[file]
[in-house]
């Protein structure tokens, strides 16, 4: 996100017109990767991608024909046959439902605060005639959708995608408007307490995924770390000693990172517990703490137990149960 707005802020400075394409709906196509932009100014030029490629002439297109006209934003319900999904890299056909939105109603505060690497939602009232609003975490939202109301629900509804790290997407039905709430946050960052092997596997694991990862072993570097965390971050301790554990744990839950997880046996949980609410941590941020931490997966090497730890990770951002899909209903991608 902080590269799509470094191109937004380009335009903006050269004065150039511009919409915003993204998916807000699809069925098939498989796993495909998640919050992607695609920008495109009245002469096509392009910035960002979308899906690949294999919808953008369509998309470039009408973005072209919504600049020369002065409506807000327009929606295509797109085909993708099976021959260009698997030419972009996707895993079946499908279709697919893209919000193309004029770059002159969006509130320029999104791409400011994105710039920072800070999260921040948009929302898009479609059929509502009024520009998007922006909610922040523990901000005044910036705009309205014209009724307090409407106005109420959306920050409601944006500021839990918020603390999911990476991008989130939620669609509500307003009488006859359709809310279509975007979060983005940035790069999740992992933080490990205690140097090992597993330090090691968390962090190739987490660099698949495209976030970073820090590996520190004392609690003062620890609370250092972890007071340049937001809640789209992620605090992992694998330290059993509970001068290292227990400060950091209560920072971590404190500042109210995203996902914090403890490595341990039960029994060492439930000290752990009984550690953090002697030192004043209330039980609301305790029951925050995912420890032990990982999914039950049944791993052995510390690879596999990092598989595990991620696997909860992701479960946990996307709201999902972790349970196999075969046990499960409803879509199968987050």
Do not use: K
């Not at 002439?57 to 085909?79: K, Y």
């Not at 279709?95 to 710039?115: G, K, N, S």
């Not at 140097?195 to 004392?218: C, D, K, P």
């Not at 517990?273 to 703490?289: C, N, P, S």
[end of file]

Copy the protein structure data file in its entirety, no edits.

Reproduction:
[in-house]
């Protein structure tokens, strides 16, 4: 996100017109990767991608024909046959439902605060005639959708995608408007307490995924770390000693990172517990703490137990149960 707005802020400075394409709906196509932009100014030029490629002439297109006209934003319900999904890299056909939105109603505060690497939602009232609003975490939202109301629900509804790290997407039905709430946050960052092997596997694991990862072993570097965390971050301790554990744990839950997880046996949980609410941590941020931490997966090497730890990770951002899909209903991608 902080590269799509470094191109937004380009335009903006050269004065150039511009919409915003993204998916807000699809069925098939498989796993495909998640919050992607695609920008495109009245002469096509392009910035960002979308899906690949294999919808953008369509998309470039009408973005072209919504600049020369002065409506807000327009929606295509797109085909993708099976021959260009698997030419972009996707895993079946499908279709697919893209919000193309004029770059002159969006509130320029999104791409400011994105710039920072800070999260921040948009929302898009479609059929509502009024520009998007922006909610922040523990901000005044910036705009309205014209009724307090409407106005109420959306920050409601944006500021839990918020603390999911990476991008989130939620669609509500307003009488006859359709809310279509975007979060983005940035790069999740992992933080490990205690140097090992597993330090090691968390962090190739987490660099698949495209976030970073820090590996520190004392609690003062620890609370250092972890007071340049937001809640789209992620605090992992694998330290059993509970001068290292227990400060950091209560920072971590404190500042109210995203996902914090403890490595341990039960029994060492439930000290752990009984550690953090002697030192004043209330039980609301305790029951925050995912420890032990990982999914039950049944791993052995510390690879596999990092598989595990991620696997909860992701479960946990996307709201999902972790349970196999075969046990499960409803879509199968987050």
Do not use: K
């Not at 002439?57 to 085909?79: K, Y």
């Not at 279709?95 to 710039?115: G, K, N, S």
């Not at 140097?195 to 004392?218: C, D, K, P």
């Not at 517990?273 to 703490?289: C, N, P, S």